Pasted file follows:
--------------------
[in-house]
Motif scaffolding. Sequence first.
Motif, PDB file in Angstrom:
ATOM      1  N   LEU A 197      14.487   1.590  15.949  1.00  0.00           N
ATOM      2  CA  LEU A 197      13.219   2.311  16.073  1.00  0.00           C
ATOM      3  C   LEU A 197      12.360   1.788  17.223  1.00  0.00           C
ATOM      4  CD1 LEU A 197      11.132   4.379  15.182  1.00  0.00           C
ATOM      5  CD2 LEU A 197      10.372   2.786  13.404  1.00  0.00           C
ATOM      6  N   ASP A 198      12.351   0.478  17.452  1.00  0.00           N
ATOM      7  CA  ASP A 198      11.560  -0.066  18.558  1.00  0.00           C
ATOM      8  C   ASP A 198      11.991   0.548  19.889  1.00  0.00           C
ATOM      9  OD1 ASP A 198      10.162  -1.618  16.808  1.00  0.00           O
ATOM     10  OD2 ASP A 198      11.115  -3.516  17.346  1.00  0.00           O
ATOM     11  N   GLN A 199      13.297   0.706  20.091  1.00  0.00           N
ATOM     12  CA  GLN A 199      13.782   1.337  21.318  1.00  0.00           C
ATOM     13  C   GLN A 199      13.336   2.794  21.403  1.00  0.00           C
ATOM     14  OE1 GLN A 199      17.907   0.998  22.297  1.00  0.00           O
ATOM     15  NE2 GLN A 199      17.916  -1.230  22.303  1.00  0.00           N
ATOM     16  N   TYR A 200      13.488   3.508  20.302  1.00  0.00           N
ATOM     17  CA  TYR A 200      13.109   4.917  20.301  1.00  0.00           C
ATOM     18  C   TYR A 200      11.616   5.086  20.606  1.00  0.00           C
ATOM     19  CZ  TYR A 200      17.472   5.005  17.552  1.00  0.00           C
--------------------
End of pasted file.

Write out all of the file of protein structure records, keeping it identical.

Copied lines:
[in-house]
Motif scaffolding. Sequence first.
Motif, PDB file in Angstrom:
ATOM      1  N   LEU A 197      14.487   1.590  15.949  1.00  0.00           N
ATOM      2  CA  LEU A 197      13.219   2.311  16.073  1.00  0.00           C
ATOM      3  C   LEU A 197      12.360   1.788  17.223  1.00  0.00           C
ATOM      4  CD1 LEU A 197      11.132   4.379  15.182  1.00  0.00           C
ATOM      5  CD2 LEU A 197      10.372   2.786  13.404  1.00  0.00           C
ATOM      6  N   ASP A 198      12.351   0.478  17.452  1.00  0.00           N
ATOM      7  CA  ASP A 198      11.560  -0.066  18.558  1.00  0.00           C
ATOM      8  C   ASP A 198      11.991   0.548  19.889  1.00  0.00           C
ATOM      9  OD1 ASP A 198      10.162  -1.618  16.808  1.00  0.00           O
ATOM     10  OD2 ASP A 198      11.115  -3.516  17.346  1.00  0.00           O
ATOM     11  N   GLN A 199      13.297   0.706  20.091  1.00  0.00           N
ATOM     12  CA  GLN A 199      13.782   1.337  21.318  1.00  0.00           C
ATOM     13  C   GLN A 199      13.336   2.794  21.403  1.00  0.00           C
ATOM     14  OE1 GLN A 199      17.907   0.998  22.297  1.00  0.00           O
ATOM     15  NE2 GLN A 199      17.916  -1.230  22.303  1.00  0.00           N
ATOM     16  N   TYR A 200      13.488   3.508  20.302  1.00  0.00           N
ATOM     17  CA  TYR A 200      13.109   4.917  20.301  1.00  0.00           C
ATOM     18  C   TYR A 200      11.616   5.086  20.606  1.00  0.00           C
ATOM     19  CZ  TYR A 200      17.472   5.005  17.552  1.00  0.00           C